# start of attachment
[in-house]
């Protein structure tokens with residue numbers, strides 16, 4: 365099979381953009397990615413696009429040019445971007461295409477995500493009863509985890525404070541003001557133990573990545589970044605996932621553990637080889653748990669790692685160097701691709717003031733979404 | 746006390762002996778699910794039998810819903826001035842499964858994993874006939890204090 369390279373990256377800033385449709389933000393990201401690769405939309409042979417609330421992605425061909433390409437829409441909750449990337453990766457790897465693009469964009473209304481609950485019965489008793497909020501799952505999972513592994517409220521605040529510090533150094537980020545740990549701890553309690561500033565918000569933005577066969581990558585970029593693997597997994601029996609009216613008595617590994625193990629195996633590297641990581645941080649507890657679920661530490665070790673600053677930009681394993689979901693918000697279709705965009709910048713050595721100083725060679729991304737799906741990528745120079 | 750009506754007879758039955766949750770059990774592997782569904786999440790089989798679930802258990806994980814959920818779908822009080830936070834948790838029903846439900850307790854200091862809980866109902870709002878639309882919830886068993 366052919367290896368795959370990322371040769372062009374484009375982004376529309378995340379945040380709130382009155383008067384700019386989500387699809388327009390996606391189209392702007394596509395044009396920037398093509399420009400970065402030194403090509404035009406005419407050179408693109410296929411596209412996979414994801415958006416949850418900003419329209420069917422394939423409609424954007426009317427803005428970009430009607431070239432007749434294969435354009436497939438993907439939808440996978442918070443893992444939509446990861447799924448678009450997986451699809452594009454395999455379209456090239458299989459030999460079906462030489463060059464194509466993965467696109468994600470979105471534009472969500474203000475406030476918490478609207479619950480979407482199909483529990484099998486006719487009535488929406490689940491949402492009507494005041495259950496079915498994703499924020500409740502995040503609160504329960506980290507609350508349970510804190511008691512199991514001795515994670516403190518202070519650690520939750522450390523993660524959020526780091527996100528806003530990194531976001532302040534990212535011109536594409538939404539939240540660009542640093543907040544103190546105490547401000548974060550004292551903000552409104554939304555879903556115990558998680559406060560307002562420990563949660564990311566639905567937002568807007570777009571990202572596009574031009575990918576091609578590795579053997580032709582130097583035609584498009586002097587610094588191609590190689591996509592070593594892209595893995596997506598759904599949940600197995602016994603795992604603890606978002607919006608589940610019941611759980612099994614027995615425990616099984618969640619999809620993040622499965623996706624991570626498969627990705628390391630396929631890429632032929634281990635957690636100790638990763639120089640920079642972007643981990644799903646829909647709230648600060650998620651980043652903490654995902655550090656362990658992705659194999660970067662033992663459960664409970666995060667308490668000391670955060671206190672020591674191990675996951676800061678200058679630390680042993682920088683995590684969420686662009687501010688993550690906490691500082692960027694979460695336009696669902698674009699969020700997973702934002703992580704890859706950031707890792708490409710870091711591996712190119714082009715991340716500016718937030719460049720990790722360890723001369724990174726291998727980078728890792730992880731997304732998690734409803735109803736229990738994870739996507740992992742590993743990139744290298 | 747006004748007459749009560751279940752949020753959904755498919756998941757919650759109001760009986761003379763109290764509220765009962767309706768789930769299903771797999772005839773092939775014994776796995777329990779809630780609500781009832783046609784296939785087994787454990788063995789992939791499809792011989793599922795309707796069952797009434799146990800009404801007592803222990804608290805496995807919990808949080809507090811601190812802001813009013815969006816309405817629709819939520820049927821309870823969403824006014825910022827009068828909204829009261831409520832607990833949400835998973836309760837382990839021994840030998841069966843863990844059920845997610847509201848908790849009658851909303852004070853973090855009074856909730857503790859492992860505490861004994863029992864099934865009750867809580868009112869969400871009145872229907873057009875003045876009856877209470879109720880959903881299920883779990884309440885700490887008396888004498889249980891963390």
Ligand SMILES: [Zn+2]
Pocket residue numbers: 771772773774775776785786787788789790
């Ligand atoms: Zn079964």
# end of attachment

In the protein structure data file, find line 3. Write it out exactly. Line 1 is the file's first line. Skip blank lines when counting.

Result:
Ligand SMILES: [Zn+2]